Dish Network Sees Wireless As Better Way To Compete Against Rivals
February 12, 2013

Dish Network Sees Wireless As Better Way To Compete Against Rivals

Michael Harper for — Your Universe Online

Dish Network´s chairman took center stage last evening at the All Things D: Dive Into Media conference in California and spoke rather candidly about his thoughts on advertising, the mass of Blockbuster stores his company now owns, and his plans to get into the wireless market.

Dish has been making a recent push towards wireless, picking up spectrum where they can and working with the FCC to get permission to operate a wireless network in addition to their satellite television business.

Last December, Julius Genachowski and the FCC approved Dish´s plans to operate a wireless network within a set band of spectrum, though at a lower power than their competitors. While Dish was busying themselves with picking up this spectrum, they had yet to make clear what they planned to do with it.

“First and foremost, we are a video company,” explained Ergen during his All Things D interview in Dana Point, California.

Ergen mentioned his company plans to deliver video to its customers inside and outside of the home, and once they realized networks simply convert video and voice into plain data, they realized they could do the same.

As latecomers to the wireless game, Ergen also said his company has lots of catching up to do in order to create their own network.

Instead, Ergen said it would be more prudent for his company to work with a partner who already has the licenses and is operating in the market. This is why Dish has been looking to swoop in and purchase Clearwire Corp before Sprint picks them up first.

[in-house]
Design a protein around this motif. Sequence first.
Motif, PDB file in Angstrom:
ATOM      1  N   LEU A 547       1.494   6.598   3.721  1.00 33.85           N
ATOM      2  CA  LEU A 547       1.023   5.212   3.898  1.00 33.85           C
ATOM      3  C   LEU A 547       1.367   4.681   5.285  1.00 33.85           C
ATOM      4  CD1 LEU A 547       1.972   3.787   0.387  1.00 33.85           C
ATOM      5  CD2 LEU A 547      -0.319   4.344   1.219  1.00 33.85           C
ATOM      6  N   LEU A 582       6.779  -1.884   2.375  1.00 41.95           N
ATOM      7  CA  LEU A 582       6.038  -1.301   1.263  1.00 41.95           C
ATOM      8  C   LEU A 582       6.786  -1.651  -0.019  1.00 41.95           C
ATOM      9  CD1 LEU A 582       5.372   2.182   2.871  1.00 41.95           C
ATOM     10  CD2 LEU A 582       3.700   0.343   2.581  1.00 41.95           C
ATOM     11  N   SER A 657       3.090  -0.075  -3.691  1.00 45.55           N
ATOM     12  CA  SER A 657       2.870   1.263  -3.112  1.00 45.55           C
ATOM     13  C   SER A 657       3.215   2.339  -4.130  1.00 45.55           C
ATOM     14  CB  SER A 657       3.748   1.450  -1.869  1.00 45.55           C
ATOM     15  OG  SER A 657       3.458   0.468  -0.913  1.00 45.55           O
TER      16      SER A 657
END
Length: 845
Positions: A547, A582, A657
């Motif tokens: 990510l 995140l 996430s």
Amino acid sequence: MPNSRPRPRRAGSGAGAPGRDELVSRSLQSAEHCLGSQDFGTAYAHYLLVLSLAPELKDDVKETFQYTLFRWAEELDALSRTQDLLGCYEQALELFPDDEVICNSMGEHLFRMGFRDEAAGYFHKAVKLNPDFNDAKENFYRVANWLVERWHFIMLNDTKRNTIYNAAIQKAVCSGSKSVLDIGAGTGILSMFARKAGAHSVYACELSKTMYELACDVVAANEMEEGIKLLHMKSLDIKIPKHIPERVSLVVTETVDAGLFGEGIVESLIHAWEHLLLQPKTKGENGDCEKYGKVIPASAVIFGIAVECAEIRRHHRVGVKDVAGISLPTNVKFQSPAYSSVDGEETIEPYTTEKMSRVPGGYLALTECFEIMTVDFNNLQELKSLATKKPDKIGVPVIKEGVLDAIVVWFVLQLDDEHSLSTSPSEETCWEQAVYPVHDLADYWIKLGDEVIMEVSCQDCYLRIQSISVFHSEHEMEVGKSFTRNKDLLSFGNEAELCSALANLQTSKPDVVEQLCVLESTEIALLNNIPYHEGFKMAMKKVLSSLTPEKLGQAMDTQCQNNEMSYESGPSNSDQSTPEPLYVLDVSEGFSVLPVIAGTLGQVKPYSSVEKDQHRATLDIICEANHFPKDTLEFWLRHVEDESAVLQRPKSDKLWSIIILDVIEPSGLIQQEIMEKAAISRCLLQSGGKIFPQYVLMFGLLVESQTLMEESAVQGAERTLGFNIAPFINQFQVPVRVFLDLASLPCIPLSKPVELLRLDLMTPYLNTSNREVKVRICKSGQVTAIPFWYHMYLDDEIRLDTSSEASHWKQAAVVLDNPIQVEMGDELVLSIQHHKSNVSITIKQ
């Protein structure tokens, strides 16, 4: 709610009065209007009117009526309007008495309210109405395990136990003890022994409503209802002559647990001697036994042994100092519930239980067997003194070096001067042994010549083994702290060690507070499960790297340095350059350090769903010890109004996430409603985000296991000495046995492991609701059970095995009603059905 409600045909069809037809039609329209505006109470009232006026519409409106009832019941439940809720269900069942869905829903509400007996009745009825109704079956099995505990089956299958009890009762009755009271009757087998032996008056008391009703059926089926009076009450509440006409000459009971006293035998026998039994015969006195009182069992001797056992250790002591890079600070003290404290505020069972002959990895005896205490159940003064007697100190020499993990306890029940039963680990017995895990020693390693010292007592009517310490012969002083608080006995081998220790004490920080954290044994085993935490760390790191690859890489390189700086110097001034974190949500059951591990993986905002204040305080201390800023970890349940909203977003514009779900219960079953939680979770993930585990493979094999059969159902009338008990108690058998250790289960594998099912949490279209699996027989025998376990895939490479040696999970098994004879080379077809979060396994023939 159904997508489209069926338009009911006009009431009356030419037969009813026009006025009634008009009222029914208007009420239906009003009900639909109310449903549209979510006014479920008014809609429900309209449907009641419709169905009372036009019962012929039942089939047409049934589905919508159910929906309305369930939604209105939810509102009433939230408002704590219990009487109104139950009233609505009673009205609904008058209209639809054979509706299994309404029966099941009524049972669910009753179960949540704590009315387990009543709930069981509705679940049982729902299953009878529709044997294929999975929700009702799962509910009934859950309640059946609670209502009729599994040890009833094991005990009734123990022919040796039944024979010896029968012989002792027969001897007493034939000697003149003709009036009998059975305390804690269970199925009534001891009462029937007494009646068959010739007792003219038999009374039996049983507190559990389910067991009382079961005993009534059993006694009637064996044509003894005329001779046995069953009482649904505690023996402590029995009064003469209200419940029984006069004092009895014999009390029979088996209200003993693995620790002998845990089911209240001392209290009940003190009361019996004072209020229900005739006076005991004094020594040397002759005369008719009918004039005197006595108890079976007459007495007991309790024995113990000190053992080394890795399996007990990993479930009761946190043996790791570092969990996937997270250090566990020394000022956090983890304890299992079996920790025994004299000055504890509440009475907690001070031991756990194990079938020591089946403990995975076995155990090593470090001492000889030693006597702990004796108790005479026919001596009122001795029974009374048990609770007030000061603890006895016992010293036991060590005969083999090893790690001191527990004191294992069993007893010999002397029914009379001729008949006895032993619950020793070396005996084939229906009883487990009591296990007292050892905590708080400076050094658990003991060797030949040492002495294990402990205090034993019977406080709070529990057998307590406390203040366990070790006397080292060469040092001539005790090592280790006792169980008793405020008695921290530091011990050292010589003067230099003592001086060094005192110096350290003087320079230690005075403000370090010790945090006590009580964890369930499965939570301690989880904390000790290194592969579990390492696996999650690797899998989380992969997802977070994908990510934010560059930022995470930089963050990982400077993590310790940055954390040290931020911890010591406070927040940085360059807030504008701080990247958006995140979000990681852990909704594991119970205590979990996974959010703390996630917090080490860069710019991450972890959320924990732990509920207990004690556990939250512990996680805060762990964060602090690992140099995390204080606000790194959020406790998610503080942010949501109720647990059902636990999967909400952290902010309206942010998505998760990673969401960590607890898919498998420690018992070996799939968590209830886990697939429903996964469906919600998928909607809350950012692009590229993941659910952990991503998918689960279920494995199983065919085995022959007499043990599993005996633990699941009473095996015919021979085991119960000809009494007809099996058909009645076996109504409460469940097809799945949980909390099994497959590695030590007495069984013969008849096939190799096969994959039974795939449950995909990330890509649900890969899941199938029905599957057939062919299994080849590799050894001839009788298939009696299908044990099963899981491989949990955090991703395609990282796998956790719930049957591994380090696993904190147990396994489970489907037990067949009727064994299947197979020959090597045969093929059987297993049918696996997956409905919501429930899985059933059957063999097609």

Sprint is already the majority owner of Clearwire and has been offering a buyout of $2.97 per share. Sprint´s offer still rests on the table of Clearwire´s board for approval.

Dish´s offer of $3.30 a share, however, is hard to ignore, and though it appears they´d rather sell to Sprint, they´re still considering Dish´s offer.

“We want to compete against both the cable guys and the wireless guys, and we want to do it inside the house and outside the house, and that´s why we think we need wireless spectrum,” said Ergen during Monday evening´s interview.

“We´d like to own a wireless network so we can give you a quality of service,”Ergen said. “Ideally, we´d compete against the AT&Ts and Verizons. To do that, we´d need more spectrum.”

Dish doesn´t see their role in the ongoing spectrum grab as a waste of time, either. Even if they aren´t able to roll out a service capable of delivering video both inside and outside of the home, they could still find themselves in possession of plenty of spectrum, a rare commodity these days, as companies like AT&T and Verizon are willing to pay big money to get their hands on it.

Should their plans go awry, Ergen said his company has “billions of dollars of spectrum” at their disposal.

If unable to partner with an existing provider, “we would admit we failed and try a new approach,” Ergen said, speaking to Bloomberg. “We would hang a ℠for sale´ sign on the spectrum.”